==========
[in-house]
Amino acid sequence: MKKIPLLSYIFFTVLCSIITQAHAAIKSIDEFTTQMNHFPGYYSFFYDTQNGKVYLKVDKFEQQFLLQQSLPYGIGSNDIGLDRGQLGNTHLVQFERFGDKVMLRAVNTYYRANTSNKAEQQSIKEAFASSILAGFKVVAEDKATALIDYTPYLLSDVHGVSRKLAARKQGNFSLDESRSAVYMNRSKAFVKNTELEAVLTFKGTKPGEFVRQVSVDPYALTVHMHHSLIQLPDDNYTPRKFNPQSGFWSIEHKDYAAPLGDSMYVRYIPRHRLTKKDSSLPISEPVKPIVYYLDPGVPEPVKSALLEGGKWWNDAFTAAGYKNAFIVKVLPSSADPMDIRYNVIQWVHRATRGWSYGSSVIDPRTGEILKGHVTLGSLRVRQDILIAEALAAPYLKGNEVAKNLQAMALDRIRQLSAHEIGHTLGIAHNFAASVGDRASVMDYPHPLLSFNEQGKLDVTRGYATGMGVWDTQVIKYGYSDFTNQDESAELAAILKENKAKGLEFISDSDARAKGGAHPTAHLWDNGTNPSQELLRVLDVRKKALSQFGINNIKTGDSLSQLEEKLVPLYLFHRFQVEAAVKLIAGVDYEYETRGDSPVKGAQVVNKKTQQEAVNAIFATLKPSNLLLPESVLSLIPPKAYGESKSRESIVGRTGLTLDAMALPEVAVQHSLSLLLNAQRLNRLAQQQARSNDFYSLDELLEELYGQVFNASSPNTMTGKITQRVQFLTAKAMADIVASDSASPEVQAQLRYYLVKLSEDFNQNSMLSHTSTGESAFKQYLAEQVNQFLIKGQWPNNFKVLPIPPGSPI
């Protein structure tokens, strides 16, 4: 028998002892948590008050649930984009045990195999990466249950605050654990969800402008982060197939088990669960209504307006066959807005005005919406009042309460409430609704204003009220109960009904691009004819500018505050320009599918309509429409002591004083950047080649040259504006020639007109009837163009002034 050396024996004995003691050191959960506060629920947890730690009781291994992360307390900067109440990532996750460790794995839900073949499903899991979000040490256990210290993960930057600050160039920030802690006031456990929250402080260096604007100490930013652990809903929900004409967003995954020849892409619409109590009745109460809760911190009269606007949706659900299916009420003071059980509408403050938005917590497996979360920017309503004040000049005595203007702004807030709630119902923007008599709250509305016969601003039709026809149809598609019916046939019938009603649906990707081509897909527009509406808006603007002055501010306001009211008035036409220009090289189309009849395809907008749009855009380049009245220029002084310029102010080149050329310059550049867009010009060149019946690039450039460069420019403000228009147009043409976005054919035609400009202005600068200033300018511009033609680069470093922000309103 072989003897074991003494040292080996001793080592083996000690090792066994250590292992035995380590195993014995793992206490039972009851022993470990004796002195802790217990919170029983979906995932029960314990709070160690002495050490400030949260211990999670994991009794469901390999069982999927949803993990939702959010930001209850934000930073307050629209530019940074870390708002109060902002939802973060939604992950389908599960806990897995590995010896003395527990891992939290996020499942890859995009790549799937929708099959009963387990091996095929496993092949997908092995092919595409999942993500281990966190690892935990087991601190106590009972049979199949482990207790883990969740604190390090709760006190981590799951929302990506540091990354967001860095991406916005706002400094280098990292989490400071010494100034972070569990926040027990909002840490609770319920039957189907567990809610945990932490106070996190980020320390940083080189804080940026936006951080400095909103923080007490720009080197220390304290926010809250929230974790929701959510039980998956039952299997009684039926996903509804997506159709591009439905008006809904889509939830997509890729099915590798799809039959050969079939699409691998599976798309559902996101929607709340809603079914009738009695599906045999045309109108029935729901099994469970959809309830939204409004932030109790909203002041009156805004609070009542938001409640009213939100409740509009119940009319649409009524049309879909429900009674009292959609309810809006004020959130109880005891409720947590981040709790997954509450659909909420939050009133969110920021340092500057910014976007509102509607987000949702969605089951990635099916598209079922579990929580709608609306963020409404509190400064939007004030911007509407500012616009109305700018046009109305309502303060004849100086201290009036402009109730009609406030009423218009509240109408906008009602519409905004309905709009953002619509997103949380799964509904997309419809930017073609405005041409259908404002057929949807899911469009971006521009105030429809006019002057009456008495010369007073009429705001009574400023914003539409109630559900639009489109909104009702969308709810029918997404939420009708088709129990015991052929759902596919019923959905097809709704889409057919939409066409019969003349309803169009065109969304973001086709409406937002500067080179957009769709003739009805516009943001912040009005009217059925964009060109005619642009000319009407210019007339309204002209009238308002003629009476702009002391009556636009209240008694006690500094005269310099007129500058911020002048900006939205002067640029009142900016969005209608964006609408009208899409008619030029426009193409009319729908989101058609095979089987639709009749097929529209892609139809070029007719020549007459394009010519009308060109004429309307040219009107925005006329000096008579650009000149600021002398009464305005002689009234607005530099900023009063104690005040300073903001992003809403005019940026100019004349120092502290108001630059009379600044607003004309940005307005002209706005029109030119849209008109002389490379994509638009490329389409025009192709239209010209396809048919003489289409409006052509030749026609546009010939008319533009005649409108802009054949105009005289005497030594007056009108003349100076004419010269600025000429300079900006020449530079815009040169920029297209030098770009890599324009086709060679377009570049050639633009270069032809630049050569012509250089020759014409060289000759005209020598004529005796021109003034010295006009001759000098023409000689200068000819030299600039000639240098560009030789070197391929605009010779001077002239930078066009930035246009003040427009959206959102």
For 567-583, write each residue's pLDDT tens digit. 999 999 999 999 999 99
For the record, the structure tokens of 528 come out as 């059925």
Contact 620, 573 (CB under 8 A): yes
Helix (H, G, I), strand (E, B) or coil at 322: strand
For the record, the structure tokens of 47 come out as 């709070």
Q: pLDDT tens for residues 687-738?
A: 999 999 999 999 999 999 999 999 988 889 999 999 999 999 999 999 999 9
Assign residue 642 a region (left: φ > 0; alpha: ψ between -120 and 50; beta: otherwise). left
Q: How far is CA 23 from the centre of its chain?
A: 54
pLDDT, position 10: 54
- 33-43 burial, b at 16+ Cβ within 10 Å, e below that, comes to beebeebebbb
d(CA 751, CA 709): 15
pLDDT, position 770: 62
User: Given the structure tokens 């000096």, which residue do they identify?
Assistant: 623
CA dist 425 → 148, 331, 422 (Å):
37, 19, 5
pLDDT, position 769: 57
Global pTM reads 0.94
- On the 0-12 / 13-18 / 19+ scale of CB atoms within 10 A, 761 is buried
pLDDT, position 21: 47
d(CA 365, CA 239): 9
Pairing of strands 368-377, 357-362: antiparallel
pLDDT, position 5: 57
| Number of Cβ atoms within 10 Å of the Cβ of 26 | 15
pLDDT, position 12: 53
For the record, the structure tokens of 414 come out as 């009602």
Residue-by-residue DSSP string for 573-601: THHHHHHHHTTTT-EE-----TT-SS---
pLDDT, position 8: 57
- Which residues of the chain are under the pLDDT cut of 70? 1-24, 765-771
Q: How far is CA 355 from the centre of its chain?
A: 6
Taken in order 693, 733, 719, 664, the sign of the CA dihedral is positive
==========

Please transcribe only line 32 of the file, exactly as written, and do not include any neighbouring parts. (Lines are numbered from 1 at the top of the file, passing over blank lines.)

Residue-by-residue DSSP string for 573-601: THHHHHHHHTTTT-EE-----TT-SS---